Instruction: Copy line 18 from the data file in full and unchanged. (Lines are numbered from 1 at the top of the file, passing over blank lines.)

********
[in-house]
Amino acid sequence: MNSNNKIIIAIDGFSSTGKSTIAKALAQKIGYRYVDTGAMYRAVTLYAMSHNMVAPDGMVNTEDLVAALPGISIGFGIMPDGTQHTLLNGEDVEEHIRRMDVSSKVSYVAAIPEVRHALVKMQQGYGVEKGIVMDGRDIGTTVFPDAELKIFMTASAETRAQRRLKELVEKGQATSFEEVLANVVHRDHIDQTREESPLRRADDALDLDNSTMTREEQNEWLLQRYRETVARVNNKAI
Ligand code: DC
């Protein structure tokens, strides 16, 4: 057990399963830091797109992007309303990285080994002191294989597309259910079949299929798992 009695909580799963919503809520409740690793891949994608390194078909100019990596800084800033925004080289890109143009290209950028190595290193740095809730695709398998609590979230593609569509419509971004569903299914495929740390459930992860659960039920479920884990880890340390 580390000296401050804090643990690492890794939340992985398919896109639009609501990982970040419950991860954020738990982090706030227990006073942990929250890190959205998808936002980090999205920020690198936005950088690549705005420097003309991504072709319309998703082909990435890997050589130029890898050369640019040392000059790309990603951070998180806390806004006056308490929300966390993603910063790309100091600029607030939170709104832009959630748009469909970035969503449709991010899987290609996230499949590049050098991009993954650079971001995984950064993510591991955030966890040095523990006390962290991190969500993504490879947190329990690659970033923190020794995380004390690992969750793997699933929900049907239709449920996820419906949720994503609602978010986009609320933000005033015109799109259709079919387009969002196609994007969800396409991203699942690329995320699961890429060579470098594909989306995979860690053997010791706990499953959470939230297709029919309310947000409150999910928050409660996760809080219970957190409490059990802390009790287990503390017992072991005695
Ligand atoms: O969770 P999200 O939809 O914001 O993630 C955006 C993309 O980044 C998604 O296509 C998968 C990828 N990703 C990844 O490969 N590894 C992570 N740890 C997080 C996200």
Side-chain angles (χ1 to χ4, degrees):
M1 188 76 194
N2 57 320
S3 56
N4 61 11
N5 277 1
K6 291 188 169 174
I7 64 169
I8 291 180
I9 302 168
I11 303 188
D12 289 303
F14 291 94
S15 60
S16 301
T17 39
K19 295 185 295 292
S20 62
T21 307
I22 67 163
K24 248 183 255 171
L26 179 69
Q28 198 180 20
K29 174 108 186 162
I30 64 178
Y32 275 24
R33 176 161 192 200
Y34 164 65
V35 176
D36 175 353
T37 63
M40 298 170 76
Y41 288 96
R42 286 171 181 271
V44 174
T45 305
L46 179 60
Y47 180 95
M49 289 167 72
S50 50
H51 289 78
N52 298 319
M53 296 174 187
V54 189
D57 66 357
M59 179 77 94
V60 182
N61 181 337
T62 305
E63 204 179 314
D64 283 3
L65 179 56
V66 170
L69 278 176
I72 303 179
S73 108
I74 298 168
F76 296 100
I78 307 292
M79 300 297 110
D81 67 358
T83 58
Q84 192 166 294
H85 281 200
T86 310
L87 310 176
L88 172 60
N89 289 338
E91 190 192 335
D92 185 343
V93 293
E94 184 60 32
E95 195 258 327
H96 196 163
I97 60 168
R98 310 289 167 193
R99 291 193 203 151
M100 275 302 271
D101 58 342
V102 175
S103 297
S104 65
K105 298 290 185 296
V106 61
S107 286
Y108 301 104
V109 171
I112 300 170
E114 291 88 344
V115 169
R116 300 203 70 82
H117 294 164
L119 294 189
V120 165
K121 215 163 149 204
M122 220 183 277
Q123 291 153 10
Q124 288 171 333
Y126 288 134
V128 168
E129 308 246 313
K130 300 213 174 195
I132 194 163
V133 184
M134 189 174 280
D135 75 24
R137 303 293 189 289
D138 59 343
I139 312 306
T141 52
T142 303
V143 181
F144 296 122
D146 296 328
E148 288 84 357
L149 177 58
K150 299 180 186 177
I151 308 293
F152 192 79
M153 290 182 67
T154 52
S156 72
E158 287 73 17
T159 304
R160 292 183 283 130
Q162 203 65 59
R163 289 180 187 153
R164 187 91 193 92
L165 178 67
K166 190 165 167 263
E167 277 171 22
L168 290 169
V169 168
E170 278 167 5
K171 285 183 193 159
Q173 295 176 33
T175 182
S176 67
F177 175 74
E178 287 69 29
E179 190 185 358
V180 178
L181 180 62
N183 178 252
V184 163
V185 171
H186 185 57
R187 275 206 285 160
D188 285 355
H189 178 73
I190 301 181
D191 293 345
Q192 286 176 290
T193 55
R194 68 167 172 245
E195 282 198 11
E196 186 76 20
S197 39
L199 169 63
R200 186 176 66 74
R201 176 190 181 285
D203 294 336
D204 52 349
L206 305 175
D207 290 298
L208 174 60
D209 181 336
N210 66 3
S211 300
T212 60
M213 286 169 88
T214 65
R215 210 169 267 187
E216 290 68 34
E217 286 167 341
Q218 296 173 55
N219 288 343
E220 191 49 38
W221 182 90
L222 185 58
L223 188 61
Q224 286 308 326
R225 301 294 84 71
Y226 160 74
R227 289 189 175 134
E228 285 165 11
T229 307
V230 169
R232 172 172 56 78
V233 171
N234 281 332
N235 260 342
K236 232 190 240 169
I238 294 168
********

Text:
F14 291 94